During the afternoon, I watch through my window Fr Louis striding into Azza camp to visit his Moslem friends. With his long white beard he is planning to play for a public St Nicholas/Santa Claus; if not on December 5, then on December 19 when St Nicholas is celebrated in Beit Jala, and if not on December 25, then on one of the two other Christmas days in January celebrated by the Greek-Orthodox or Armenian communities.
In the evening we all put our shoes under the Christmas tree. Next morning St Nicholas turns out to have found his way through the curfew zone and has put presents given by friends from Holland. Tamer is excited by the lights in the Christmas tree – in fact by any kind of light – and is determined to take the balls down.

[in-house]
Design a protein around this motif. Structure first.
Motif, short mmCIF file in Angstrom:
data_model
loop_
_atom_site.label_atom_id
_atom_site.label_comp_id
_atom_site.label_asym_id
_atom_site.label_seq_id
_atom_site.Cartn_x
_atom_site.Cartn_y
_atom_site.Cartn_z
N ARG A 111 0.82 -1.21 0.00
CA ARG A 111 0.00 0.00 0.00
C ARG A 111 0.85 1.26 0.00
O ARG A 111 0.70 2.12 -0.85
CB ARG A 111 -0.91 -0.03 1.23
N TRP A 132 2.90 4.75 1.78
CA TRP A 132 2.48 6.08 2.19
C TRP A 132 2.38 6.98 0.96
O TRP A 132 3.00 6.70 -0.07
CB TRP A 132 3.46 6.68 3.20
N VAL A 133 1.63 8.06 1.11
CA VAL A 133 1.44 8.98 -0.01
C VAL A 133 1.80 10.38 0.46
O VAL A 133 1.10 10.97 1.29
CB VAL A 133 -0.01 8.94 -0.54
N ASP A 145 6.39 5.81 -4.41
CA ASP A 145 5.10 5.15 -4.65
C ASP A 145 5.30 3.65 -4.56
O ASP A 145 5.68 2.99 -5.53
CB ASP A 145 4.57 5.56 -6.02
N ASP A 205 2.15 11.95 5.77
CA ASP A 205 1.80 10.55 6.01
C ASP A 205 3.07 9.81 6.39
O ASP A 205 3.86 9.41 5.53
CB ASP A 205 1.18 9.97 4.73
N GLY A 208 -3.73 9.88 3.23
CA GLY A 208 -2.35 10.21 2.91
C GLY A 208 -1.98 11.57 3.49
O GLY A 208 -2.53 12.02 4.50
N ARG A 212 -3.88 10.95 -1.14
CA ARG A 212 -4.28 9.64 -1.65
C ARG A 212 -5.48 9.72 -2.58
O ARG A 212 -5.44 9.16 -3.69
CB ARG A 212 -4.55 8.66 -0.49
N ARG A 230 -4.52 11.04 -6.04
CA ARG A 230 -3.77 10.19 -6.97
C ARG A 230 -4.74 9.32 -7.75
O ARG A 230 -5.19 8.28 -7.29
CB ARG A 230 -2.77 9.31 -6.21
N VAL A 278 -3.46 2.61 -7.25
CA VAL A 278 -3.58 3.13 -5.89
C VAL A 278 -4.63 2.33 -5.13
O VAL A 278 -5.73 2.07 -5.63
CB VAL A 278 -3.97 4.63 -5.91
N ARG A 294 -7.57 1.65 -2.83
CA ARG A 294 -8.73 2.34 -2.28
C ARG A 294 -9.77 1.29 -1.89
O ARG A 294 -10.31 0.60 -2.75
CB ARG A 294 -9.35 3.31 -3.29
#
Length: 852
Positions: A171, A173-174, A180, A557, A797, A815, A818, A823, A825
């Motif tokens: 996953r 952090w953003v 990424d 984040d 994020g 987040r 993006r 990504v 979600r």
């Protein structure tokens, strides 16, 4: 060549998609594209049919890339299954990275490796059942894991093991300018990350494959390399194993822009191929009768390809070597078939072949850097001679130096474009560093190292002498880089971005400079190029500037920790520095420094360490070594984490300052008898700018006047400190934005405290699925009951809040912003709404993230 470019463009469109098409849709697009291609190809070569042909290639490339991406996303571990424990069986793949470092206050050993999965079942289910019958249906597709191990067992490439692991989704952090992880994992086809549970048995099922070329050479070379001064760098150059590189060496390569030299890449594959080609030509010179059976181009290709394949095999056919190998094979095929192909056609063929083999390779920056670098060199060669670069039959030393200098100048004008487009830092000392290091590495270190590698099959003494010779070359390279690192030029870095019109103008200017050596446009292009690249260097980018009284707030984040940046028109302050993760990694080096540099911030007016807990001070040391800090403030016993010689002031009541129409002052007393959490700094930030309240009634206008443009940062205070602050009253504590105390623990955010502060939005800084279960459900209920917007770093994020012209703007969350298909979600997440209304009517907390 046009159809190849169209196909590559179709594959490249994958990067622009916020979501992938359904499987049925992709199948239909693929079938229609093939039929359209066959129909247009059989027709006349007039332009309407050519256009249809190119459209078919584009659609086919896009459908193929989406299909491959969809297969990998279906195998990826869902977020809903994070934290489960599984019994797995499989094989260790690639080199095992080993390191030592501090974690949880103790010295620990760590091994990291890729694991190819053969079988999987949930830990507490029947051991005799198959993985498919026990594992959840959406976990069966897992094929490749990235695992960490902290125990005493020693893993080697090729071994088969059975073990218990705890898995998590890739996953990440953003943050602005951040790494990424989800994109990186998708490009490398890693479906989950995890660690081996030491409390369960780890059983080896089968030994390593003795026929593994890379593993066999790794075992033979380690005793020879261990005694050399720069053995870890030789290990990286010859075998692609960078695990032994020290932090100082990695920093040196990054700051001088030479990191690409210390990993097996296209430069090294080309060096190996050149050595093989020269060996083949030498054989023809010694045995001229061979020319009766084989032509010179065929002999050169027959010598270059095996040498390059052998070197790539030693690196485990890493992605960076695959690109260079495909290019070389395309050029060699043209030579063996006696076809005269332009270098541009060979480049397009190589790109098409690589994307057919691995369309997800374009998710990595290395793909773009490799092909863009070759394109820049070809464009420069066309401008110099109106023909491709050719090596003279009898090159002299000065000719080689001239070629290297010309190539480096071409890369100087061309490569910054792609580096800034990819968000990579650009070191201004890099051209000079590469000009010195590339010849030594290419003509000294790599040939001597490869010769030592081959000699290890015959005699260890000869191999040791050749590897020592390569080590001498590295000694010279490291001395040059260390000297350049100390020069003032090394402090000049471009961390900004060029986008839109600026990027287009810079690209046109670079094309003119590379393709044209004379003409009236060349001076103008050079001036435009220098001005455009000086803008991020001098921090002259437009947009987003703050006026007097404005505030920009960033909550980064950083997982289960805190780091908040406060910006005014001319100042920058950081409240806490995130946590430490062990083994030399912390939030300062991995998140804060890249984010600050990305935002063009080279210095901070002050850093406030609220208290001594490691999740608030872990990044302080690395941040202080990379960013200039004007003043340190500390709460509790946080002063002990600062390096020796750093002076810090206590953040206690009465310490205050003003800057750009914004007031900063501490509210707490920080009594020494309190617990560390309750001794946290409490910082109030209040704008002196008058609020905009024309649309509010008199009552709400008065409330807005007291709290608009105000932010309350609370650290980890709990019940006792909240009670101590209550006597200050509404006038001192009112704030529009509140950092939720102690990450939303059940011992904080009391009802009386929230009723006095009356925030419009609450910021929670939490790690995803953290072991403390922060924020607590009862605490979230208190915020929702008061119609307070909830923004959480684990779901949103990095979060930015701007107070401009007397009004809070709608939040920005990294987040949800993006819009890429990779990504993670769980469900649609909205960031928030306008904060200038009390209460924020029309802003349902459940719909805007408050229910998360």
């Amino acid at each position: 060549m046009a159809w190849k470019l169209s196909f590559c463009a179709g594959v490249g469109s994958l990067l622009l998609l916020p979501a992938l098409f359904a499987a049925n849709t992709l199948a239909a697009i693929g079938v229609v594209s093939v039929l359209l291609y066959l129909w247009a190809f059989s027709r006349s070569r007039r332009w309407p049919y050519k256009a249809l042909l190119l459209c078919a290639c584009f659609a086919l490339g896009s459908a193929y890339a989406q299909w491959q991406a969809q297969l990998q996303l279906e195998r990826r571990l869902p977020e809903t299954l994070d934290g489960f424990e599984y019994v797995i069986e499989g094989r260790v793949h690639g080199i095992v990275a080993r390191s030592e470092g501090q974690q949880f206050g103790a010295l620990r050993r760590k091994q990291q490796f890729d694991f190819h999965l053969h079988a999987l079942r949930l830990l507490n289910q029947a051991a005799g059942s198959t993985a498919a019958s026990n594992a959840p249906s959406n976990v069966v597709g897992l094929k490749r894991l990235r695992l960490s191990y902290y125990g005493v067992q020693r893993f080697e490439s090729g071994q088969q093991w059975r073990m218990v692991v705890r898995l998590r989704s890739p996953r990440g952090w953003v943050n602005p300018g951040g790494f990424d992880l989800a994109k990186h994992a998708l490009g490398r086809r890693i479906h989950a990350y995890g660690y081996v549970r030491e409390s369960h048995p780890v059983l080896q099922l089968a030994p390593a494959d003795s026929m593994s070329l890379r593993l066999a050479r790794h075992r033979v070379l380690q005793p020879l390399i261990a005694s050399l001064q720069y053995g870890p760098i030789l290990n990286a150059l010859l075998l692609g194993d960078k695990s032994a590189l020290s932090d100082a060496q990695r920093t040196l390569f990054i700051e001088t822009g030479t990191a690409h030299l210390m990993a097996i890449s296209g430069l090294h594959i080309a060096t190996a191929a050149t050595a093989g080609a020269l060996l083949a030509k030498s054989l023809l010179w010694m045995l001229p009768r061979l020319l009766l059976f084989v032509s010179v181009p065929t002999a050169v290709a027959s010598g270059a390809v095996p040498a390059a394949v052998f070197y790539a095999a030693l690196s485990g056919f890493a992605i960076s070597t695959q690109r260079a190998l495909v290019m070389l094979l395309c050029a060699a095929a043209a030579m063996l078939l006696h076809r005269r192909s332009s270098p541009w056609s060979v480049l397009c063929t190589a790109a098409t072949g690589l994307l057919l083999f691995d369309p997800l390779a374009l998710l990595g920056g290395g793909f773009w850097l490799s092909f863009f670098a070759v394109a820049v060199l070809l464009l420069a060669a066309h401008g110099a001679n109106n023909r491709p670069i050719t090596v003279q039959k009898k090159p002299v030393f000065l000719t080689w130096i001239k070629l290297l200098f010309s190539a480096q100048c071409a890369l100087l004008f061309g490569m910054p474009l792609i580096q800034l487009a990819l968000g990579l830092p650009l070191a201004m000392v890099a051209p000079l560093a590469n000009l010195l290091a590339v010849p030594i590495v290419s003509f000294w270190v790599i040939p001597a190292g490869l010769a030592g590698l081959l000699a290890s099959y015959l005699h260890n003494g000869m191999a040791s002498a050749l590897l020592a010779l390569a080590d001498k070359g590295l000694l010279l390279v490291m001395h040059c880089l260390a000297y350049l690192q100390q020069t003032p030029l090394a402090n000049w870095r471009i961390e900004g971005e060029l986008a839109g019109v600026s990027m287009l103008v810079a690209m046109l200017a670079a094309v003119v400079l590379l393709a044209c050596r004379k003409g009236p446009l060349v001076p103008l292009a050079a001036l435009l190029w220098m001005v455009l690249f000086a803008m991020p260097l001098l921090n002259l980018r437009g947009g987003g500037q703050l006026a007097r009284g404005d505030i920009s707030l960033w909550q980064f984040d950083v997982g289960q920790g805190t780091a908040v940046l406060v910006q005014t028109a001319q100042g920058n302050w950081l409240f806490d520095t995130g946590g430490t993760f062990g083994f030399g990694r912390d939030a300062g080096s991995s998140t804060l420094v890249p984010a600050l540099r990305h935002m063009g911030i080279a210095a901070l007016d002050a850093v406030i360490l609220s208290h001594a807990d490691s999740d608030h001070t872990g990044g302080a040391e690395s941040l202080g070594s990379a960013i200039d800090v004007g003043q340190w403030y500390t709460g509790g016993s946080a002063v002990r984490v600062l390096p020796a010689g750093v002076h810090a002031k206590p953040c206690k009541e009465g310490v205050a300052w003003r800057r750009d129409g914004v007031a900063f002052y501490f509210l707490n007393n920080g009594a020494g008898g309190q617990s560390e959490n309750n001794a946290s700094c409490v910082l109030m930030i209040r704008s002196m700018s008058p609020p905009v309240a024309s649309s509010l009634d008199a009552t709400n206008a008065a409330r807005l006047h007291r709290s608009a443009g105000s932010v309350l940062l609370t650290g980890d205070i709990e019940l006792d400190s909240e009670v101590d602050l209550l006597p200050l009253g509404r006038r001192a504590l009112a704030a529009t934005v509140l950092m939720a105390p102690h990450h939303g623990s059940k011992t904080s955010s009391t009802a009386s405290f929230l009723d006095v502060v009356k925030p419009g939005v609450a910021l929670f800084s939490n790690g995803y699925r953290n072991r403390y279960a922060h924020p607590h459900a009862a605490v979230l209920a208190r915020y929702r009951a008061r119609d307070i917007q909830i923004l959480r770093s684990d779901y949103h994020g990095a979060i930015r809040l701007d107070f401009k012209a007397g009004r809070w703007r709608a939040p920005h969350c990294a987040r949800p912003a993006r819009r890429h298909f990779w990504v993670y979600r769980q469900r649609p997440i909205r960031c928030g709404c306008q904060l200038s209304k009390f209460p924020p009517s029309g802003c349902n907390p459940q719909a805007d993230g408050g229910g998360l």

Today, Friday, opening hours are announced early morning. Somebody says that he feels like a chained dog released in the open air. As always during opening hours, it is more than busy on the streets. Last Monday it was almost impossible to proceed on Madbasseh Street. Everybody has to do everything at the same time: going to work, visiting relatives, shopping, bringing medicines, meeting colleagues, and – in the schools – laboring on the mid-term exams. Shall we be released at Christmas?